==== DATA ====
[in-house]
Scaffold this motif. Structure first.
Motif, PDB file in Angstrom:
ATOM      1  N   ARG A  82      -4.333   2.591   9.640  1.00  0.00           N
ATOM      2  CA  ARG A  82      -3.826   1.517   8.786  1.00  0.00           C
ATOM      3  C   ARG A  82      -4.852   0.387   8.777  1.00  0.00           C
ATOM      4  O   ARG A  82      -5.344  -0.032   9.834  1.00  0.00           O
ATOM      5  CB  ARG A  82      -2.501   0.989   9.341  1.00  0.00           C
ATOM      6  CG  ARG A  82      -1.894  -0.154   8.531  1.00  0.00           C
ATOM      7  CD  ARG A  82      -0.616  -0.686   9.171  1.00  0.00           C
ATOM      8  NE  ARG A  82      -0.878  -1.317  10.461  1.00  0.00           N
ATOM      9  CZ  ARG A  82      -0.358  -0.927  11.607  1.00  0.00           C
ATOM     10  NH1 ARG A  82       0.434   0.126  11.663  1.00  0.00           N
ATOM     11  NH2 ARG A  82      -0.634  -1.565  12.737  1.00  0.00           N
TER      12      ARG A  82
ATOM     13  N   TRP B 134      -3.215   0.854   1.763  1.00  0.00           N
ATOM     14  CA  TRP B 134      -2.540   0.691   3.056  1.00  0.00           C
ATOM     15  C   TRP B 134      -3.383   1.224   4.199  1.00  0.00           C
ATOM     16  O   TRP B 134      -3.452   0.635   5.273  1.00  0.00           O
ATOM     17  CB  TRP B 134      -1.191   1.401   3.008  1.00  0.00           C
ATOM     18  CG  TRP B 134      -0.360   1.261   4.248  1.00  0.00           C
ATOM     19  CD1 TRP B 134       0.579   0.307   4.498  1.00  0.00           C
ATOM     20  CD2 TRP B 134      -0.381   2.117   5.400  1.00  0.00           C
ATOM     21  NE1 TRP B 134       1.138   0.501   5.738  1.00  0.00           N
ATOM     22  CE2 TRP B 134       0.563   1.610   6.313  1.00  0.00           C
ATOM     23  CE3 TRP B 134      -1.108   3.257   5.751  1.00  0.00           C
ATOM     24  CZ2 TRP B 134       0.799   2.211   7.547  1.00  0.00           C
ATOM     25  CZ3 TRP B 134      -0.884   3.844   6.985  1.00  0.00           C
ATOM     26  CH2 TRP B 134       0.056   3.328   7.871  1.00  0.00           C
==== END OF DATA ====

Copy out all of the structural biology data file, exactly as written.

[in-house]
Scaffold this motif. Structure first.
Motif, PDB file in Angstrom:
ATOM      1  N   ARG A  82      -4.333   2.591   9.640  1.00  0.00           N
ATOM      2  CA  ARG A  82      -3.826   1.517   8.786  1.00  0.00           C
ATOM      3  C   ARG A  82      -4.852   0.387   8.777  1.00  0.00           C
ATOM      4  O   ARG A  82      -5.344  -0.032   9.834  1.00  0.00           O
ATOM      5  CB  ARG A  82      -2.501   0.989   9.341  1.00  0.00           C
ATOM      6  CG  ARG A  82      -1.894  -0.154   8.531  1.00  0.00           C
ATOM      7  CD  ARG A  82      -0.616  -0.686   9.171  1.00  0.00           C
ATOM      8  NE  ARG A  82      -0.878  -1.317  10.461  1.00  0.00           N
ATOM      9  CZ  ARG A  82      -0.358  -0.927  11.607  1.00  0.00           C
ATOM     10  NH1 ARG A  82       0.434   0.126  11.663  1.00  0.00           N
ATOM     11  NH2 ARG A  82      -0.634  -1.565  12.737  1.00  0.00           N
TER      12      ARG A  82
ATOM     13  N   TRP B 134      -3.215   0.854   1.763  1.00  0.00           N
ATOM     14  CA  TRP B 134      -2.540   0.691   3.056  1.00  0.00           C
ATOM     15  C   TRP B 134      -3.383   1.224   4.199  1.00  0.00           C
ATOM     16  O   TRP B 134      -3.452   0.635   5.273  1.00  0.00           O
ATOM     17  CB  TRP B 134      -1.191   1.401   3.008  1.00  0.00           C
ATOM     18  CG  TRP B 134      -0.360   1.261   4.248  1.00  0.00           C
ATOM     19  CD1 TRP B 134       0.579   0.307   4.498  1.00  0.00           C
ATOM     20  CD2 TRP B 134      -0.381   2.117   5.400  1.00  0.00           C
ATOM     21  NE1 TRP B 134       1.138   0.501   5.738  1.00  0.00           N
ATOM     22  CE2 TRP B 134       0.563   1.610   6.313  1.00  0.00           C
ATOM     23  CE3 TRP B 134      -1.108   3.257   5.751  1.00  0.00           C
ATOM     24  CZ2 TRP B 134       0.799   2.211   7.547  1.00  0.00           C
ATOM     25  CZ3 TRP B 134      -0.884   3.844   6.985  1.00  0.00           C
ATOM     26  CH2 TRP B 134       0.056   3.328   7.871  1.00  0.00           C